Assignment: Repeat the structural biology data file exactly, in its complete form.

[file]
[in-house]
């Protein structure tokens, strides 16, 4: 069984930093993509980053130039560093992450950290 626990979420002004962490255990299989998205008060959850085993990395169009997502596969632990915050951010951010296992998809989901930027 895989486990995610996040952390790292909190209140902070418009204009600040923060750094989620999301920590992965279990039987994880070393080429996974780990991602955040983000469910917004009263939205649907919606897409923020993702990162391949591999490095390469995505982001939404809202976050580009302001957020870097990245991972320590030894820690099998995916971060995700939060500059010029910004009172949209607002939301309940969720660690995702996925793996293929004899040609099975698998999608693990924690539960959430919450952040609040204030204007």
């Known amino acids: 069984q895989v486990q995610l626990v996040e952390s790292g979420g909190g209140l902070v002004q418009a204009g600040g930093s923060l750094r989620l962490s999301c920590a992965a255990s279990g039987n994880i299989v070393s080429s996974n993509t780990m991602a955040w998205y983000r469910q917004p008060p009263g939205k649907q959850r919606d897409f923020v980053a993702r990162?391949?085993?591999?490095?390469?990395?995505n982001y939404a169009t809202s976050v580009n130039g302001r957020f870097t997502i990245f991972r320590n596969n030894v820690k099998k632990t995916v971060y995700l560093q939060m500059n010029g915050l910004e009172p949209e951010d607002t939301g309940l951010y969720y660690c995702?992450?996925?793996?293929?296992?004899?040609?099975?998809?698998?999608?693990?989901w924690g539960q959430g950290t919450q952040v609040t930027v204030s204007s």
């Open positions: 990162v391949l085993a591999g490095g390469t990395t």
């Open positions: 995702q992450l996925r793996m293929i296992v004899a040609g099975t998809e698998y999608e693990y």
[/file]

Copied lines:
[in-house]
């Protein structure tokens, strides 16, 4: 069984930093993509980053130039560093992450950290 626990979420002004962490255990299989998205008060959850085993990395169009997502596969632990915050951010951010296992998809989901930027 895989486990995610996040952390790292909190209140902070418009204009600040923060750094989620999301920590992965279990039987994880070393080429996974780990991602955040983000469910917004009263939205649907919606897409923020993702990162391949591999490095390469995505982001939404809202976050580009302001957020870097990245991972320590030894820690099998995916971060995700939060500059010029910004009172949209607002939301309940969720660690995702996925793996293929004899040609099975698998999608693990924690539960959430919450952040609040204030204007």
């Known amino acids: 069984q895989v486990q995610l626990v996040e952390s790292g979420g909190g209140l902070v002004q418009a204009g600040g930093s923060l750094r989620l962490s999301c920590a992965a255990s279990g039987n994880i299989v070393s080429s996974n993509t780990m991602a955040w998205y983000r469910q917004p008060p009263g939205k649907q959850r919606d897409f923020v980053a993702r990162?391949?085993?591999?490095?390469?990395?995505n982001y939404a169009t809202s976050v580009n130039g302001r957020f870097t997502i990245f991972r320590n596969n030894v820690k099998k632990t995916v971060y995700l560093q939060m500059n010029g915050l910004e009172p949209e951010d607002t939301g309940l951010y969720y660690c995702?992450?996925?793996?293929?296992?004899?040609?099975?998809?698998?999608?693990?989901w924690g539960q959430g950290t919450q952040v609040t930027v204030s204007s």
């Open positions: 990162v391949l085993a591999g490095g390469t990395t």
């Open positions: 995702q992450l996925r793996m293929i296992v004899a040609g099975t998809e698998y999608e693990y």